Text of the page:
Though you already got your answer:
Better 2-layer PCBs are made of fiberglass mats soaked with resin. The resin is hardened, the whole thing is plated with copper, and you have your raw PCB.
During production of an actual board, it is drilled two times: First for all vias an through-hole component pads. They are then chemically plated with metal to make them conductive. Second, at some time after the plating process to make mounting holes etc without plating.
A 4-layer PCB is actually two 2-layer PCBs (cores) glued together by an other layer of soaked fiberglass (prepreg), which is hardened after. This is what your pictured show: Two green cores with the prepreg inbetween.
It is easily possible to create vias from one side of a core to the other, as this is the same as for 2-layer PCBs. But it is costy, since it is an extra step in production. But it is very difficult to create vias through a core and a prepeg, bu not the next core, as the second via style in your image shows. One had to drill to a certain depth into the board, and plating a blind hole is difficult to impossible.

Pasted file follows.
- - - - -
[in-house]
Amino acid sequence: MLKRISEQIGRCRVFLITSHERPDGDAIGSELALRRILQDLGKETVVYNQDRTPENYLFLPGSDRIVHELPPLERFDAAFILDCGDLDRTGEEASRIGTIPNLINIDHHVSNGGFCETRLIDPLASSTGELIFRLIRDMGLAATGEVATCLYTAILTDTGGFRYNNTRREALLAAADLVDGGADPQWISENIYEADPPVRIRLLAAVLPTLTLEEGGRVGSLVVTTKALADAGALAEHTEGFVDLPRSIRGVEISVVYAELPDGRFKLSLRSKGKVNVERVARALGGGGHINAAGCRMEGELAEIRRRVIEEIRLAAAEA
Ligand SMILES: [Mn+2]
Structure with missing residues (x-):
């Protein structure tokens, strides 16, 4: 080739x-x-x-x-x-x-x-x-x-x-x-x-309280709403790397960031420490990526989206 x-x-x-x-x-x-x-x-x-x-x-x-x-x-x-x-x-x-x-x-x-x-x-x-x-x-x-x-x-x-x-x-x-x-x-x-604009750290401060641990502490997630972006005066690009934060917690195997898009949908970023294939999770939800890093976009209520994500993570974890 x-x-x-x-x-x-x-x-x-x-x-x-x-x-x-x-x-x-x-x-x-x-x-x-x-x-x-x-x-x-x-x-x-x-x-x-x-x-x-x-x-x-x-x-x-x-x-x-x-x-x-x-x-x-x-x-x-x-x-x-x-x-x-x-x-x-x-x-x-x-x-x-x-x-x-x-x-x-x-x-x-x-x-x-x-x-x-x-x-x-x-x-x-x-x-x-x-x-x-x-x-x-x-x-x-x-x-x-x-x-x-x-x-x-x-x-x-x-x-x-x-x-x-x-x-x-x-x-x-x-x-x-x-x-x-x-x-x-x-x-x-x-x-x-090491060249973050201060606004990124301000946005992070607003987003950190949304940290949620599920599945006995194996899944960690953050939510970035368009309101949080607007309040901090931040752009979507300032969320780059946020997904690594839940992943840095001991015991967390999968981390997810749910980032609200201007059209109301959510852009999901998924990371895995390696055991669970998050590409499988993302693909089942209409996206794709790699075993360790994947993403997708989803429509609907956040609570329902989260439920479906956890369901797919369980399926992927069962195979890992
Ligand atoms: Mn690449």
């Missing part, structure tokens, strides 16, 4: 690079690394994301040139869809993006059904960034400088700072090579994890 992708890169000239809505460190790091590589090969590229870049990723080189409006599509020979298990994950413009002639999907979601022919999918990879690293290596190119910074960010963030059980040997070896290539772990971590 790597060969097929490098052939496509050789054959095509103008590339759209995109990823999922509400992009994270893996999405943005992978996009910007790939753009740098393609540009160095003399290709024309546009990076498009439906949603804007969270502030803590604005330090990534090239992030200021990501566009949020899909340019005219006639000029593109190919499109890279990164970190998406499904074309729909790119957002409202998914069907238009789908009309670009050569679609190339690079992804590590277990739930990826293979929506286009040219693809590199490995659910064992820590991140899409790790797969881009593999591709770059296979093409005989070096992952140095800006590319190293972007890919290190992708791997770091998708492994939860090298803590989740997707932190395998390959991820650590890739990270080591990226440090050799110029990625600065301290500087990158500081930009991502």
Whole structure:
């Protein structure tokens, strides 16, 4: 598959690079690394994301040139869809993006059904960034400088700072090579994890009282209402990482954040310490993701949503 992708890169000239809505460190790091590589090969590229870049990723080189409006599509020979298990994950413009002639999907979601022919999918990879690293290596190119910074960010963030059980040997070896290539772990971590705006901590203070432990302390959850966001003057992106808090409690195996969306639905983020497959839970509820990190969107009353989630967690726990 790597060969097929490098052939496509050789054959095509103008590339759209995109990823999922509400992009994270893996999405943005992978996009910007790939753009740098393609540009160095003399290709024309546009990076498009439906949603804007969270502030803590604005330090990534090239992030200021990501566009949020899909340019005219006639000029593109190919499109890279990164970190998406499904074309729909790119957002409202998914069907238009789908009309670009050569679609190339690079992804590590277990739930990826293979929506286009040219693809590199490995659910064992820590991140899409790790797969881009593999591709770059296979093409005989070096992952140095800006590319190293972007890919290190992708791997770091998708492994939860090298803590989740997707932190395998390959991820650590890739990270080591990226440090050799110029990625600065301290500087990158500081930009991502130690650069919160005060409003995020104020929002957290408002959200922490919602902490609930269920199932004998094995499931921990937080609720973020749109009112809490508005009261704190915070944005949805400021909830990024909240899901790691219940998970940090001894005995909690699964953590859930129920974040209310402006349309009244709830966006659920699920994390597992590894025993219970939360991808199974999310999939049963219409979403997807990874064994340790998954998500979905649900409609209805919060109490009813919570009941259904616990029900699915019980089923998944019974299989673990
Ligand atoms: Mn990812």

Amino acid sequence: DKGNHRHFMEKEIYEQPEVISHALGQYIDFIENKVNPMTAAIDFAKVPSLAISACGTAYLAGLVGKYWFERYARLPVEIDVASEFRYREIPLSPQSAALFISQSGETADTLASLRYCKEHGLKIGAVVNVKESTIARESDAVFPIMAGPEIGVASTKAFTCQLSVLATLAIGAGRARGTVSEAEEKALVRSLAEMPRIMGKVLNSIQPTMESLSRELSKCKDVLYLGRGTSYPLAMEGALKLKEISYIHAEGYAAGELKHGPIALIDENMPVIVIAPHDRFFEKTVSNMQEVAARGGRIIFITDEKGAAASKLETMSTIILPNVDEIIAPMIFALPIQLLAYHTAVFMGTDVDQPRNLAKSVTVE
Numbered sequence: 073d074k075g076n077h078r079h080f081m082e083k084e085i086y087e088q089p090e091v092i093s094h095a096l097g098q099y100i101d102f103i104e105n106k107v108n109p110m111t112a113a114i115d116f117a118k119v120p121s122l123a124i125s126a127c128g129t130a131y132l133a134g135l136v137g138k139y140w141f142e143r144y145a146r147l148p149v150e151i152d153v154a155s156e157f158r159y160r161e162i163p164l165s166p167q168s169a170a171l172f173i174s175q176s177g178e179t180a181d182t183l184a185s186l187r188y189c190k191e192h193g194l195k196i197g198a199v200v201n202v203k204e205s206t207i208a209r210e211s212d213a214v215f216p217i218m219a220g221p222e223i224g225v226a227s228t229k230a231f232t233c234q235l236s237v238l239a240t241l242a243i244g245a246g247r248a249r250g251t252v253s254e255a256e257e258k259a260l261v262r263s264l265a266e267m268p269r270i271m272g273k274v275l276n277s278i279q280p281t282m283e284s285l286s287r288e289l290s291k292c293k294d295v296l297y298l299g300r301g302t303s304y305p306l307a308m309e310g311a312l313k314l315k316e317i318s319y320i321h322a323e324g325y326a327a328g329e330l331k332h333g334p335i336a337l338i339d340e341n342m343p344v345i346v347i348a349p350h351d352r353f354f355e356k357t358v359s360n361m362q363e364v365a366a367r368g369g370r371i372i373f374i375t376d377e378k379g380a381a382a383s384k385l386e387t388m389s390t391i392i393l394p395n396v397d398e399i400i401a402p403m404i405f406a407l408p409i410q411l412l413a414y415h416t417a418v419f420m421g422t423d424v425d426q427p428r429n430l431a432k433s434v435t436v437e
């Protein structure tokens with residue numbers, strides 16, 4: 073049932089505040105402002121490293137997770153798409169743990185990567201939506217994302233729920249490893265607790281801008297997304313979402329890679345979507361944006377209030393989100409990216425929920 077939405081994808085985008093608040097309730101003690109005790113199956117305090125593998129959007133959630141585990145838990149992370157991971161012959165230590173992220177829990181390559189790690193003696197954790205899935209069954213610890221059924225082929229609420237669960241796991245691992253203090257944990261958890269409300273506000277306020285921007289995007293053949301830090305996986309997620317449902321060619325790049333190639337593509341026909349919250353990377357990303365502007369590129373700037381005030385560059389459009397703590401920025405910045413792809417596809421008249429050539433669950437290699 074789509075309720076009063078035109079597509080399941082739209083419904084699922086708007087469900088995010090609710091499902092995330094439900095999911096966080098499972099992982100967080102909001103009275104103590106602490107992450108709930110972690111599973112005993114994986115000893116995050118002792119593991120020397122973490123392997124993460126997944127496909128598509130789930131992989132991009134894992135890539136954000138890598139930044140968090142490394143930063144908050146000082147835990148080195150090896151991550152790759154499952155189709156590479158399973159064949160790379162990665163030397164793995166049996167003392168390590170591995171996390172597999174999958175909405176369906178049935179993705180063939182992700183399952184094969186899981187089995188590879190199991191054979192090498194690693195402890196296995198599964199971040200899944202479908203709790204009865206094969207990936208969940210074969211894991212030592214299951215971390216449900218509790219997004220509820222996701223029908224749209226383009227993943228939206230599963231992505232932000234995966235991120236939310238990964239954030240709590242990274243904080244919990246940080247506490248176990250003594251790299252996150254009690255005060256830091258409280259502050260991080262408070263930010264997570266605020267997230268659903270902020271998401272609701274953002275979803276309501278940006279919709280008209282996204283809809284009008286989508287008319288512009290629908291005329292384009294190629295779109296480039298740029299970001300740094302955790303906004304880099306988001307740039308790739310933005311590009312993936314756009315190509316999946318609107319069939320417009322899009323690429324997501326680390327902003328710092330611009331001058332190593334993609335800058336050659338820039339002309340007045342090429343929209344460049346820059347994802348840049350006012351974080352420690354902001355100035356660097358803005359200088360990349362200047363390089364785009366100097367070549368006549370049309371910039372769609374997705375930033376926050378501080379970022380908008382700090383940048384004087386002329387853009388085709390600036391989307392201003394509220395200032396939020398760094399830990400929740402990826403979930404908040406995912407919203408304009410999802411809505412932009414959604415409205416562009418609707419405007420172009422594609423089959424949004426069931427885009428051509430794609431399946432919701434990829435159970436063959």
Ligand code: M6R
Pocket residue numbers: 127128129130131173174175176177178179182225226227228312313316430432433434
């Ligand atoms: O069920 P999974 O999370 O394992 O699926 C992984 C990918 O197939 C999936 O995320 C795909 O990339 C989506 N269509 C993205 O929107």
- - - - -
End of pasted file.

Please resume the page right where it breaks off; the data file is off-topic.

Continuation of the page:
Finally, it is much cheaper to have normal vias going through the entire board, and many manufacturers, especially pooling services, only offer these vias.
There are also very few manufacturers which etch a center core, apply a prepeg on both sides, plate it with copper and then etch the outer layers. And more-than-4-layer boards are made alike. This has different constraints for vias, but you got the point.
For designing in EAGLE:
A ground plane is a polygon typically with name GND. Place a via, and the ground plane will get a cut-out to not touch the via. Name the via GND, and the ground plane will connect to it. During routing of a signal which is already named GND, any of its vias are automatically connected to the GND plane.